As parents and caregivers, we often rely on schools to teach kids about spelling, grammar, math, history, science and more. But necessary life skills – such as money management and banking – aren’t often incorporated into the curricula, so parents need to fill that gap.
Teaching kids how to handle money while they’re young can help them steer clear of financial pitfalls later. But parents too often shelter their kids from family finances, and in so doing, aren’t helping them develop necessary skills. So, here are a few simple steps to train your kids to be financially responsible.
In an article titled “For All Ages: Teaching Young People About Money,” FDIC Consumer News said to:
- Engage in everyday conversations about money. Discuss product pricing while at stores, deciding which item is the better buy and why. And as you pay, explain why you just chose the method you did.
- Consider an allowance. Since kids have no job income, this is a way to instill the concepts of earning, saving and spending.
- Help kids develop a healthy skepticism of advertising. Analyze ads and fine print with them to help them understand that when things seem too good to be true, they usually are.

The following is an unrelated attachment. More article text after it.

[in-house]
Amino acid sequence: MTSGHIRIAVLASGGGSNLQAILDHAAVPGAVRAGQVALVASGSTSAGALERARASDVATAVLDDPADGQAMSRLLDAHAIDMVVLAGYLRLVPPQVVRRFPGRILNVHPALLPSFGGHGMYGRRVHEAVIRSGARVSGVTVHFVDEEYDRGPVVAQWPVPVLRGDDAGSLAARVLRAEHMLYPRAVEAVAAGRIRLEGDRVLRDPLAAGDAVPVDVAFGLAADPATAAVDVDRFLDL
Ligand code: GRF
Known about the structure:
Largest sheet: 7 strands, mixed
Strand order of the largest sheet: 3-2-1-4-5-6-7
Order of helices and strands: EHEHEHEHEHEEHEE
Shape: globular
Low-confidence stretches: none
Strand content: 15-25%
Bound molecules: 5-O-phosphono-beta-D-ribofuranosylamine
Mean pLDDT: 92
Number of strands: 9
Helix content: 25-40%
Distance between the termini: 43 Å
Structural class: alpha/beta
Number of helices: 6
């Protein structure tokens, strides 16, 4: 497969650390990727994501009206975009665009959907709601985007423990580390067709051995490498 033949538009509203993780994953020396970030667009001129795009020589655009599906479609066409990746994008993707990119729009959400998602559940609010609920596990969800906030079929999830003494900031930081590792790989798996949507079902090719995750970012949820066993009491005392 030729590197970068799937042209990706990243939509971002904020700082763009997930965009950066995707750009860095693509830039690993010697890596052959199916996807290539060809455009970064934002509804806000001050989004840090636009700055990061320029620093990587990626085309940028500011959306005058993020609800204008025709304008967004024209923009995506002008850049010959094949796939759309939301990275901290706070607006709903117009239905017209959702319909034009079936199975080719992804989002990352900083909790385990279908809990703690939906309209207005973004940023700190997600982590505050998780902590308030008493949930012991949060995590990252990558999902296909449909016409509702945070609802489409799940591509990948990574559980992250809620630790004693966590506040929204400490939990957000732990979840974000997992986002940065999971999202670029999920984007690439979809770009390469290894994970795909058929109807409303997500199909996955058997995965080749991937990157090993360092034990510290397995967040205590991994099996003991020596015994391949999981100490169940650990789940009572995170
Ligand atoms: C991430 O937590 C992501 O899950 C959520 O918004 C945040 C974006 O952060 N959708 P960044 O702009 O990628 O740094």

FDIC Consumer News said that kids in grades 3-5 are ready for deeper lessons, such as:
- Thinking before buying. This includes separating needs from wants and prioritizing how they use their money, such as on a grocery shopping list.
- Sticking to a budget. Creating a simple plan will help them learn to set limits.
- Opening a savings account. Shop together for one, looking at interest rates, required minimums, fees and more. “If you also encourage your child to keep a log of the money in the account,” FDIC Outreach and Program Development chief Luke Reynolds said, “that could be an opportunity for you to work together on a simple math exercise and learn the value of keeping track of money.”
- Understanding various payment methods. Explain where debit card funds specifically come from and that credit cards are a type of loan that one pays back with added interest.
Since kids in grades 6-8 are often starting to earn money outside the home, FDIC Consumer News says they’re ready to learn the concepts of working more to earn more, saving for long-term goals, and credit cards and borrowing.
To help you train your child to be financially responsible from any age, ECCU offers Start Young Saving and Spending Accounts for kids 0-17. These unique accounts provide full-featured digital banking for kids, including a youth debit card, complete with parental controls, limits and monitoring. Learn more here.